One of the most time-consuming parts of writing a graduate-level research paper or thesis is the literature review. Before even starting to read and synthesise all the relevant published research, students have to embark on the long, uncertainty-inducing journey of finding the said papers first.
A common question that Masters’ level students ask me is this: “How do I know that I have found all the research that I should?” Another variation of the question is: “How much is enough?”
I guess lurking beneath the questions is the fear that they may have missed out on some swathes of relevant studies.
At the start of the semester in January, the library conducted literature search workshops for Masters’ programme students aimed at giving them a head-start on the process. These workshops are typically conducted as part of their classes in the evenings, covering topics such as the various platforms, tools, resources that students can use to conduct literature searches and bibliographic management.
Besides in-class sessions, the Library also offers literature search workshops via the GRAD Centre. One such workshop organised was conducted on 31 January 2019. This was open for registration by all Higher Degree students.
Many attend the workshops hoping to verify that they have covered all bases. Happily, some were assured after attending a workshop. Others tell me that they have a learnt a thing or two that they didn’t previously know, and will try them out.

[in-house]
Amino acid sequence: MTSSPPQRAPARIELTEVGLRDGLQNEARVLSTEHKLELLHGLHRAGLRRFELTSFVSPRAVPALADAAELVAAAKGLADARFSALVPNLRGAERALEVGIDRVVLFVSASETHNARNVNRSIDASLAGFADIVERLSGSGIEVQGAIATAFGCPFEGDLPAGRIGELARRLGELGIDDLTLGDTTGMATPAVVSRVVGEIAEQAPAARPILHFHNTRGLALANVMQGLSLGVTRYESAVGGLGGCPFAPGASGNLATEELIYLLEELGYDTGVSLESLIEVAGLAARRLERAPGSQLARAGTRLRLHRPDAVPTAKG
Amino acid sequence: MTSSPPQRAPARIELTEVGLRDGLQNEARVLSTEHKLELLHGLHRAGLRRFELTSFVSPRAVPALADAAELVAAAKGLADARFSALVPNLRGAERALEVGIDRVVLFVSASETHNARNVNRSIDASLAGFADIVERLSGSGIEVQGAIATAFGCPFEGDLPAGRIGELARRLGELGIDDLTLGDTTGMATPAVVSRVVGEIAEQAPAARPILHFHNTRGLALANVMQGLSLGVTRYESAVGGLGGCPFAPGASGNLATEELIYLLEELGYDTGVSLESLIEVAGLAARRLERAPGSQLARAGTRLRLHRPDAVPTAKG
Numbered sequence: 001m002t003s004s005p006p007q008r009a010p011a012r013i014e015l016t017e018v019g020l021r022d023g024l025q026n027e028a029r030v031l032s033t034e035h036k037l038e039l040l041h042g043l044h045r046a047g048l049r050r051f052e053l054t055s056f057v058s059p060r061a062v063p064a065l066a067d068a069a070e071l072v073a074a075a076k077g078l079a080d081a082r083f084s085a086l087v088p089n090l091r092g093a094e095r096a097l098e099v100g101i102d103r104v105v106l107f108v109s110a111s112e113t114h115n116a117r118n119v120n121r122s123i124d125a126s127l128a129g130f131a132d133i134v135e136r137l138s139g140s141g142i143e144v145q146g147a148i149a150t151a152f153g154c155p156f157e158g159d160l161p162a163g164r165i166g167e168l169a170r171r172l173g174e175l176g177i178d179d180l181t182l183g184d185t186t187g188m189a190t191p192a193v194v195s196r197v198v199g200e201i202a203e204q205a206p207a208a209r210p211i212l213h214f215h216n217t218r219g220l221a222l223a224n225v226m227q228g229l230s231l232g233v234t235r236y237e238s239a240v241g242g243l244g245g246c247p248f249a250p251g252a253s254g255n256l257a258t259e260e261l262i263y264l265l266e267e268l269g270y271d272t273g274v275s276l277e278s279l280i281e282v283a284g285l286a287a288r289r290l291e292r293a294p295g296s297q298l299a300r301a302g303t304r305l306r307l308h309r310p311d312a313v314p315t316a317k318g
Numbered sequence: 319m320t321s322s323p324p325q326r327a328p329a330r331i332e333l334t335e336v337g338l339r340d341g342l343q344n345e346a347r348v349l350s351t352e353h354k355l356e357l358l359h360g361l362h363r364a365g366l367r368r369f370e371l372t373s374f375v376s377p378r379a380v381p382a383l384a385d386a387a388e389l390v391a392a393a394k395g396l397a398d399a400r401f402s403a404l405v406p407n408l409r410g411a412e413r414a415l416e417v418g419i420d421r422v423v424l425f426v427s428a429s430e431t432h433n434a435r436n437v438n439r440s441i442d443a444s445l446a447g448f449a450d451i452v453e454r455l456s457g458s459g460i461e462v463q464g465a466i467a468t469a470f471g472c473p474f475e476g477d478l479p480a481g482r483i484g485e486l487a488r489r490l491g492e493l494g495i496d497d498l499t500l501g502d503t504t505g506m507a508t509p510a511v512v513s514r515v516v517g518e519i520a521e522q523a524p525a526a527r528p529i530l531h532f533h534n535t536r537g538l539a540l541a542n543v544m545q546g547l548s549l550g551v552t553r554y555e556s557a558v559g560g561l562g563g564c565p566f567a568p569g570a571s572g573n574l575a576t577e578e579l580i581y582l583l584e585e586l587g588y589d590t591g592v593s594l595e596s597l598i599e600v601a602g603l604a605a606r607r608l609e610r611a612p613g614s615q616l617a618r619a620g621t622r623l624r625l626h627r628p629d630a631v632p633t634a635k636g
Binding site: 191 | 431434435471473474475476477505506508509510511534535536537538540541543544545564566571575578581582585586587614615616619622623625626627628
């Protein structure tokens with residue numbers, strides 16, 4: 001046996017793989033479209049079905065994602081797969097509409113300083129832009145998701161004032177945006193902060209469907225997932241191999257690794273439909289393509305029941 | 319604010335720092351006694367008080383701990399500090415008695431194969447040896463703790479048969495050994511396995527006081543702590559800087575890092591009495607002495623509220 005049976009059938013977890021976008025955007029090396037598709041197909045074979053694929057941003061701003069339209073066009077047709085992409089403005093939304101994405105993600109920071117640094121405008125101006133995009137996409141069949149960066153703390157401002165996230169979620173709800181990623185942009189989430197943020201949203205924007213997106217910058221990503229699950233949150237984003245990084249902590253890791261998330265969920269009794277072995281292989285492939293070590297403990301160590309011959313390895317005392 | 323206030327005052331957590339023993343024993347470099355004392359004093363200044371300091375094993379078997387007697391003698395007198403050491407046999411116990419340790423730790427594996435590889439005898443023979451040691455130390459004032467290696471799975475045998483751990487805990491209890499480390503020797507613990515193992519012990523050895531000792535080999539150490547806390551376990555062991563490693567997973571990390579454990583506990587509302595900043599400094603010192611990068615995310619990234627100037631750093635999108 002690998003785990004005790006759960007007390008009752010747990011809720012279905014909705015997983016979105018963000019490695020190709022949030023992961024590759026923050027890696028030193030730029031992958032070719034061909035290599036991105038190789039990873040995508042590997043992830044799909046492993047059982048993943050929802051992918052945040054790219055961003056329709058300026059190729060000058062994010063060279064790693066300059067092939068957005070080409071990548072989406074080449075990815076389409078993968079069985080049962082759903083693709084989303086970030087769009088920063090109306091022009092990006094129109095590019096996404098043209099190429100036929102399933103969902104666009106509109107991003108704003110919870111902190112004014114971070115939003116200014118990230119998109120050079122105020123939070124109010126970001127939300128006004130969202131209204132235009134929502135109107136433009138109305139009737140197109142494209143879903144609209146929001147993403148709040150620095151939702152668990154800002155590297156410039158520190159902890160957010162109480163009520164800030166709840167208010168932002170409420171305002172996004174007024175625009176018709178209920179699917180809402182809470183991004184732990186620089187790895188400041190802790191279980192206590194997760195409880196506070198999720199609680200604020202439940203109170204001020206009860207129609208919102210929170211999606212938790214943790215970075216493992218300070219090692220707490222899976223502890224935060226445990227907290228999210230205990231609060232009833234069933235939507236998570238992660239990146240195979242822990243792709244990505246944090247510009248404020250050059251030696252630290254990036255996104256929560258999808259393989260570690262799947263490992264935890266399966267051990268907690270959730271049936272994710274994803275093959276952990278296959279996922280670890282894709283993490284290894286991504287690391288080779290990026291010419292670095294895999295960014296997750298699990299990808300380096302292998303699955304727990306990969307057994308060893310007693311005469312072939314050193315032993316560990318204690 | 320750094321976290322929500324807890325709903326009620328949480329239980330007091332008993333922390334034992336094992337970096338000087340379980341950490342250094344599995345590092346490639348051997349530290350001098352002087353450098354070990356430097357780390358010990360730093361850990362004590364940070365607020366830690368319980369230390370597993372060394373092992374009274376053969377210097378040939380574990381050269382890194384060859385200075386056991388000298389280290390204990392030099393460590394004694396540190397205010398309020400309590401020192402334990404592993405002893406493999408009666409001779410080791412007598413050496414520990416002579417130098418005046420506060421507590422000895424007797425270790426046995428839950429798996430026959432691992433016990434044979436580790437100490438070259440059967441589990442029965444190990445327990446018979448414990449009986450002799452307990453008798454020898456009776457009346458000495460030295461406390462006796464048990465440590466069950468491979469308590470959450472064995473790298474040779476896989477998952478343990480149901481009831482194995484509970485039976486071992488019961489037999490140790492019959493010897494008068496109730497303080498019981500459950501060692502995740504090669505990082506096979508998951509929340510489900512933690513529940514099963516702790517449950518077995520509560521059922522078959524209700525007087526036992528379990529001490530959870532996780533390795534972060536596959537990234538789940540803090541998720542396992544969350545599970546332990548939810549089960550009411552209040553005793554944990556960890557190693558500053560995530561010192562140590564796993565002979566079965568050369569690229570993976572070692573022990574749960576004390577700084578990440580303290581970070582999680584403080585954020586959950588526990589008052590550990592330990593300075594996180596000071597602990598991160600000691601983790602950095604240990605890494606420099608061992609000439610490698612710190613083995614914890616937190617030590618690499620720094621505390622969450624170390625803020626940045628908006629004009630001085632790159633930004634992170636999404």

Besides beginning researchers, the other group of Masters’ level students who attend the workshops are working professionals who have completed their undergraduate studies some time ago (for some, it was at least 10 years ago). For this group, the variety of systems and tools that are now available may seem confusing and a little overwhelming.
Open library workshops are also available. Students can also register for any open sessions on the Library Portal.
For students who cannot make it for any open sessions, groups sessions are available upon request. All they have to do is to email their requests to us. Usually, both open and group sessions are conducted on late afternoons before the start of evening classes at 6 pm.
Librarians are invited by lecturers to conduct workshops during the evening classes so that part-time students can be supported.
Literature Searches – the Library's Role
One of the most useful understandings that students can have when embarking on a literature review is that the library with its resources and services can be a valuable part of the process.
Students should understand the extent of the library’s resources (and that often includes paid resources such as journal subscriptions which would otherwise be unavailable). The institutional library also provides students with access to published works in the field, with the possibility having them recommend publications for the library to purchase. Apart from that, library services such as document delivery would extend the access to full-text documents without student having to pay to access.
Mae is an instructional librarian whose job is to design and deliver learning content and programmes for NIE students and staff.